Suzanne F. Stevens 

Sounds like a fabulous strategy. Have you ever thought of exporting to developing countries because you are providing such a nutritious product? Now, I don’t know if it would be their culture to eat pasta, but has that ever been a thought process?

Shelby Taylor 

Yes, we’re actually working with an international export partner. And we are starting to expand beyond Canada in the U.S right now. And there’s a very exciting opportunity in many markets, actually. I have been surprised at which markets have presented the biggest opportunity so far. Definitely we have a market in Europe and the UK. But we have some customers now in Middle Eastern countries in Kuwait, and in Central America in the Dominican area.   There’s certainly more interest from second World countries then than I had thought there would be especially because we cannot get the price point down low enough.

Suzanne F. Stevens 

Interestingly enough spending a lot of time in developing countries it’s not cheaper anyway. The grocery stores are not cheaper, people just get food from different sources. You were saying about the Middle East is interested and I wondered if don’t lead with pasta, but you lead with chickpeas, lentils. It’s what it is made of drawing them to the product in the first place.

Shelby Taylor 

Exactly. It is the ingredients alone that have a lot of interest.   People are very familiar with chickpeas and lentils in the Middle East, also in the Mediterranean, much more familiar than we are here in North America. It has only been really the last, I’d say five years, or I feel like there’s been a more mainstream acceptance of chickpeas and lentils outside of the health industry.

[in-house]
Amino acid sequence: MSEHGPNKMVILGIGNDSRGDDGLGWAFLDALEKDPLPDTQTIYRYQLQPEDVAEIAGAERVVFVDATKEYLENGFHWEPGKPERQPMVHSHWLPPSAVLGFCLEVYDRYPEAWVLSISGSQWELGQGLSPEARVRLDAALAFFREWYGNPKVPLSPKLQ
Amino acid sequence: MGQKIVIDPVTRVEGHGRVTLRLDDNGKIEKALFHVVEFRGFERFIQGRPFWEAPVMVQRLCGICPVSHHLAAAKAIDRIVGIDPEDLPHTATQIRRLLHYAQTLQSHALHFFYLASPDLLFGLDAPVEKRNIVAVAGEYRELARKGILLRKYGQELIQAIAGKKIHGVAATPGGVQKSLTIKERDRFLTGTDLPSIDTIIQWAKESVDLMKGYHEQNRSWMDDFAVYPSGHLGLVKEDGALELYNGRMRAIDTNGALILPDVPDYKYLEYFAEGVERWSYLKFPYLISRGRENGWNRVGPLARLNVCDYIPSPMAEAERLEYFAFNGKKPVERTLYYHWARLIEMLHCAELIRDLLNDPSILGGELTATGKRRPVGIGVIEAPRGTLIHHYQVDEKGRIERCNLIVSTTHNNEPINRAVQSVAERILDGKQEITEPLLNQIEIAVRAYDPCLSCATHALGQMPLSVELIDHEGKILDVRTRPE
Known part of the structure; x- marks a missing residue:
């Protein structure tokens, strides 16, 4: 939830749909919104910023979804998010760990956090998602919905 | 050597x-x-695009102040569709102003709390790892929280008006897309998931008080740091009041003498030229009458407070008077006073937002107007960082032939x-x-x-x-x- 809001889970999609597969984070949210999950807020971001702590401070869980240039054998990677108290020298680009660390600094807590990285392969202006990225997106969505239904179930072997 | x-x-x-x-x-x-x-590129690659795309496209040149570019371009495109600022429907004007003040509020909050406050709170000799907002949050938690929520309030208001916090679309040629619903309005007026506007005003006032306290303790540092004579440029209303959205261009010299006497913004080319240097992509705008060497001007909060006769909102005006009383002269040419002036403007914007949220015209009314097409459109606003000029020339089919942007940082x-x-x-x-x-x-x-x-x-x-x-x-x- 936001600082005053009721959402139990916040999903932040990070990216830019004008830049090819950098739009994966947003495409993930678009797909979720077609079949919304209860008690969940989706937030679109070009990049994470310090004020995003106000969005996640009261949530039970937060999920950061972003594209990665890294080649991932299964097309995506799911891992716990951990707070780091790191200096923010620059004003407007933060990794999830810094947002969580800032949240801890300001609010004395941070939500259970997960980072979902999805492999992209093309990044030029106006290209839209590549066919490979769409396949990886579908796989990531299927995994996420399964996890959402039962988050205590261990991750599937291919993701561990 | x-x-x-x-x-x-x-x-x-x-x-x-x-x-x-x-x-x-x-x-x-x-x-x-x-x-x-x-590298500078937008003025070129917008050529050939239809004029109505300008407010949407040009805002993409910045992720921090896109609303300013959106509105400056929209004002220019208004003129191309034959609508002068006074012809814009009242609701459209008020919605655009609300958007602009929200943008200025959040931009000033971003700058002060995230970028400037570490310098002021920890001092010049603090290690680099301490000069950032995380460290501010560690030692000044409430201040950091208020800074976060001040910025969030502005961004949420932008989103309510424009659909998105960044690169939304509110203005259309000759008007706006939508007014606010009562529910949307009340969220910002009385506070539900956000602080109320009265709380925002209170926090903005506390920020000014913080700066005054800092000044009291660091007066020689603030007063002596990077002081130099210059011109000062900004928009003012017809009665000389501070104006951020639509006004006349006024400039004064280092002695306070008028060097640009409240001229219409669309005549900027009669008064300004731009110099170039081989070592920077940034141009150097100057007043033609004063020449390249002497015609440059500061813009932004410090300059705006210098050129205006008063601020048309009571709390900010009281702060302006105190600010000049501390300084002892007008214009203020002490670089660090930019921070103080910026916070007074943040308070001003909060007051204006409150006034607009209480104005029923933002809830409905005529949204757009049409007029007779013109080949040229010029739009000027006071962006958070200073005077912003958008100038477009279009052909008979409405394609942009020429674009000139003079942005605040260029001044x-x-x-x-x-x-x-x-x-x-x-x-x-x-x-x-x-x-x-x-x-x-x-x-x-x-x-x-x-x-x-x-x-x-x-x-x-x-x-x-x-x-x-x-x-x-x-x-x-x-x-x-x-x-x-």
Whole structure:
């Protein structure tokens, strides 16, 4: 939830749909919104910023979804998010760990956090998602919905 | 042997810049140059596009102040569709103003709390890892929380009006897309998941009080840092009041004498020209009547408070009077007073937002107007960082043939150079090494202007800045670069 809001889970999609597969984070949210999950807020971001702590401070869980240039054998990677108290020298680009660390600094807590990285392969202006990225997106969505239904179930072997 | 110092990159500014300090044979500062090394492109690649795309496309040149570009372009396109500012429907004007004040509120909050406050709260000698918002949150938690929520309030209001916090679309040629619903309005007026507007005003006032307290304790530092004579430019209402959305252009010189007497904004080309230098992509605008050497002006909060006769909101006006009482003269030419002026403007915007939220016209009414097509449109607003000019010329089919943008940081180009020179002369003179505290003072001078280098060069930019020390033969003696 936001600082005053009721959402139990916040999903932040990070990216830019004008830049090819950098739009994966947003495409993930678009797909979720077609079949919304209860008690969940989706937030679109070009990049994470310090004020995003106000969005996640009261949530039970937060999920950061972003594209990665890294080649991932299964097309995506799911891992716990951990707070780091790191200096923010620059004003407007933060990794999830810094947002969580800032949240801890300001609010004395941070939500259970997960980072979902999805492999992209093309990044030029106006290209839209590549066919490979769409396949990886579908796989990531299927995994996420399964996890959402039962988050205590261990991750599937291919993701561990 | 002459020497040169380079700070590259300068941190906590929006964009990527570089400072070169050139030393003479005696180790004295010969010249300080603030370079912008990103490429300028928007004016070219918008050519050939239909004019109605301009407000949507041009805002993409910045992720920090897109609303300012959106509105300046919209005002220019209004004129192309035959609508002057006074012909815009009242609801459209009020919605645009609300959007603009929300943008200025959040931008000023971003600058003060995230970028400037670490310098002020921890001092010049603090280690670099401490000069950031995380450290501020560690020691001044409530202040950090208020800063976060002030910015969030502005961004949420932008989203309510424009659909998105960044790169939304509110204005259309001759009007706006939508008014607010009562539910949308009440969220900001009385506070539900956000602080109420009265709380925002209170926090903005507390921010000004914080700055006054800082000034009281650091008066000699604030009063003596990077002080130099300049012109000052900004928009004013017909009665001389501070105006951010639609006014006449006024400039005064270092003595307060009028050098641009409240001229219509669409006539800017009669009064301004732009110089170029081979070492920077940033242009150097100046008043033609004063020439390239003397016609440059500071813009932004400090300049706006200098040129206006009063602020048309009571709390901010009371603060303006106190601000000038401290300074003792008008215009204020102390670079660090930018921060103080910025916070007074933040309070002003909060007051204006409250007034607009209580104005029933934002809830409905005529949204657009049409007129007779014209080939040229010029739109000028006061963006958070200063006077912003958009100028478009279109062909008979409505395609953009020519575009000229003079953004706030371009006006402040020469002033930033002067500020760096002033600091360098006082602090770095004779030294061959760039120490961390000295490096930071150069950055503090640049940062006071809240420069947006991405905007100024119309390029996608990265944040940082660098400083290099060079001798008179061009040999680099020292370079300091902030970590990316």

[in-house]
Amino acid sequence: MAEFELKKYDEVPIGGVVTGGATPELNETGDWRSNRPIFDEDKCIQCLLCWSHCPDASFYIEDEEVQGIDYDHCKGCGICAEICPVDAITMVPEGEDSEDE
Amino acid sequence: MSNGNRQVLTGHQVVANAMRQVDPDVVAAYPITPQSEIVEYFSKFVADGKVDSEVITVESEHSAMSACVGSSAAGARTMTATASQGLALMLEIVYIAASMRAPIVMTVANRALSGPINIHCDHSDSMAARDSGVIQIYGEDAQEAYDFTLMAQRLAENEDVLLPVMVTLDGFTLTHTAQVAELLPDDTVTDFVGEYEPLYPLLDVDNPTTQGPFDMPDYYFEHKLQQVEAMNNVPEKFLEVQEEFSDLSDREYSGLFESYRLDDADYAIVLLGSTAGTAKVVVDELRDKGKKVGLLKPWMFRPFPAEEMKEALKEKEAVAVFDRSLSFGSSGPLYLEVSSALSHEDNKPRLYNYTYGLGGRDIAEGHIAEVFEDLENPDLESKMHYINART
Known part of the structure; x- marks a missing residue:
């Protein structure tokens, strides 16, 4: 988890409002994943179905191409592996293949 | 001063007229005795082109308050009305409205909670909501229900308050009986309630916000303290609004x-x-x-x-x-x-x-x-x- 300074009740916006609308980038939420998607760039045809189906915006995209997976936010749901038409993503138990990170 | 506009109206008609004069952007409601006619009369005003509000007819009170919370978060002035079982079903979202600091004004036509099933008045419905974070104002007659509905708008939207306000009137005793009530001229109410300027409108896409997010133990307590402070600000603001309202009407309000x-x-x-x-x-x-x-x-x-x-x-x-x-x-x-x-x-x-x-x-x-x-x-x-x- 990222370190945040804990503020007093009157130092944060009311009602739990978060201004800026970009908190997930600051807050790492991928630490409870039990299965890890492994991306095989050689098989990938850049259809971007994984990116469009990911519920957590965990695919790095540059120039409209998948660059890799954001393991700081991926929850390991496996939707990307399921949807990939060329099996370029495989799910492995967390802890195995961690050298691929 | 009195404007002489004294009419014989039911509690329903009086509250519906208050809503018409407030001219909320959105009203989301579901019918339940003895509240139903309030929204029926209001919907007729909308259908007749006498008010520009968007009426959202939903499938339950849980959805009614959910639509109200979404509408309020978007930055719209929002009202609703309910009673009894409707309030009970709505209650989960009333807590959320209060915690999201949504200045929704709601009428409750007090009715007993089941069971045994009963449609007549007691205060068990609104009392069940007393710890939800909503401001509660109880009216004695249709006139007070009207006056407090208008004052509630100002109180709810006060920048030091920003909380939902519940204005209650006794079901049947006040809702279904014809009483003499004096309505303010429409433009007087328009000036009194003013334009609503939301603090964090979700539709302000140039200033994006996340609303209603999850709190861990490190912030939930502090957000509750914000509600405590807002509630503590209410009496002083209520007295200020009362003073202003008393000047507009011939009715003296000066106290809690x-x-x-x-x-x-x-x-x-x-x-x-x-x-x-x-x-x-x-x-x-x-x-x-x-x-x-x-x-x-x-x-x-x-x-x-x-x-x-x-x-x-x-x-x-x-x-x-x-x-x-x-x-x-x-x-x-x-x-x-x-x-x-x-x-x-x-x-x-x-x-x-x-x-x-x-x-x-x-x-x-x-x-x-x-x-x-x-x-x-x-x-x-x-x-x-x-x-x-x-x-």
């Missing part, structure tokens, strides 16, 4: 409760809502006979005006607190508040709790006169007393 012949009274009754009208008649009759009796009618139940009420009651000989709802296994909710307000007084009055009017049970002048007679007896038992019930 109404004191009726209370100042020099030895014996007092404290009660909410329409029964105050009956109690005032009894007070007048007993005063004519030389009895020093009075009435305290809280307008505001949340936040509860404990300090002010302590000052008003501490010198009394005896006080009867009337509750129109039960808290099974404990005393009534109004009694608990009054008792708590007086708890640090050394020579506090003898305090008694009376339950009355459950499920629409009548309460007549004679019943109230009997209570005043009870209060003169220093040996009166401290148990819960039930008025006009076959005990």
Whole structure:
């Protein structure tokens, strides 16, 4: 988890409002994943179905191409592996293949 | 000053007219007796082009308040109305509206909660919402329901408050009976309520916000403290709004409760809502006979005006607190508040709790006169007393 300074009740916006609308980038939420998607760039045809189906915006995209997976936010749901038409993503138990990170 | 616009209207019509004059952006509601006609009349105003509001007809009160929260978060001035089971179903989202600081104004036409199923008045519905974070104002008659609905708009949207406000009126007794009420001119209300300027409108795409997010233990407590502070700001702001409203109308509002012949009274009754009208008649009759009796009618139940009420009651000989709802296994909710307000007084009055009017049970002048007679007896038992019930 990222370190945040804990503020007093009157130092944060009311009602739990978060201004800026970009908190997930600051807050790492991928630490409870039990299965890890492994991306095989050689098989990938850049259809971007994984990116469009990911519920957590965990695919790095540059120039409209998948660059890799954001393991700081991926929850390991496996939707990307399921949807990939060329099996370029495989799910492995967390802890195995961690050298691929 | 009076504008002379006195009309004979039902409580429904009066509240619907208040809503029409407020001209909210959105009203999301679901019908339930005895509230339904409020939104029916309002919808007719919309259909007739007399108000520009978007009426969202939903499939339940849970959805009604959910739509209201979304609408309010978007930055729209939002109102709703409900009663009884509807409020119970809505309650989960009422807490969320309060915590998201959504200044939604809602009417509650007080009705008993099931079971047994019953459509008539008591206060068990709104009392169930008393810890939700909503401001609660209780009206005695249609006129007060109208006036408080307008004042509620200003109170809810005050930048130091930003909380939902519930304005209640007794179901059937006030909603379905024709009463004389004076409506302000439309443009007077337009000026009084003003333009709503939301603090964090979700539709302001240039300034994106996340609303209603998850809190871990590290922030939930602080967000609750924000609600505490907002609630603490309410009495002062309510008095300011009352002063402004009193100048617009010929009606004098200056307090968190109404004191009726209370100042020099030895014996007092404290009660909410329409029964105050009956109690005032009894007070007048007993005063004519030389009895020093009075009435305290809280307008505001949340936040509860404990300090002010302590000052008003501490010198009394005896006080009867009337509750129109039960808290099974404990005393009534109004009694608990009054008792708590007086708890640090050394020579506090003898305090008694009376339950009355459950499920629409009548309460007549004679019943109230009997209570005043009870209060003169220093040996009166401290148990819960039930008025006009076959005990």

Shelby Taylor 

Hummus was what really brought chickpeas into this spotlight in North America, but that’s something that people have been consuming in other countries for many decades.  I have found it interesting because well, a lot of these places may not be high pasta consuming countries but their familiarity with the ingredients. It’s going to be interesting to see how it goes. It will be exciting.

Suzanne F. Stevens 

 What are the two most challenging hurdles to sustain your business?

Shelby Taylor 

Well, certainly keeping the business capitalized is always a challenge. I have been through many rounds of financing. I have two Venture Capital partners, many, Angel partners. I didn’t start this business with anything in a bank account.  I had to go the investment route really early on. I also knew we had to scale quickly because the way that our pasta is manufactured takes very sophisticated equipment, we have very large production runs.  Being nationwide across both Canada and the US has definitely always been challenging from a capital standpoint and we want to continue to grow the business.  We can’t pull back on marketing, we can’t pull back on things that are going to help us to grow. It’s definitely in a much better place now that we have too strong Venture Capital partners, and we have made much progress, and we’re doing very well.  I feel like that’s just finally now becoming a little easier and I have more help. But the bookkeeping business capitalized a business that’s not profitable and continuing to grow is absolutely the number one challenge.

I guess a second challenge is the marketplace.  What we’re going through right now with COVID-19 and a lot of people saying that we’re going into a recession, and people are being a little bit more careful with how they spend their money. There’s been a lot of people going back to some really old traditional comfort foods, and not really following through with the healthy habits that they may have developed.  How long that’s going to last and whether that’s going to sustain the marketplace is always going to be a challenge. Products are going to market faster than ever before.  

Suzanne F. Stevens 

You’re talking about two really important things that I actually want to dive into both of them. You mentioned the pandemic.  You said a lot of people are going to comfort food and not to healthy choices. I think that’s really true. The reality is, I think a lot of us are calling it the COVID weight,  and now that COVID is continuing, we have to be smart about it. I think we’ll see a change. Have you seen any impact on your business, specifically during the pandemic?

Shelby Taylor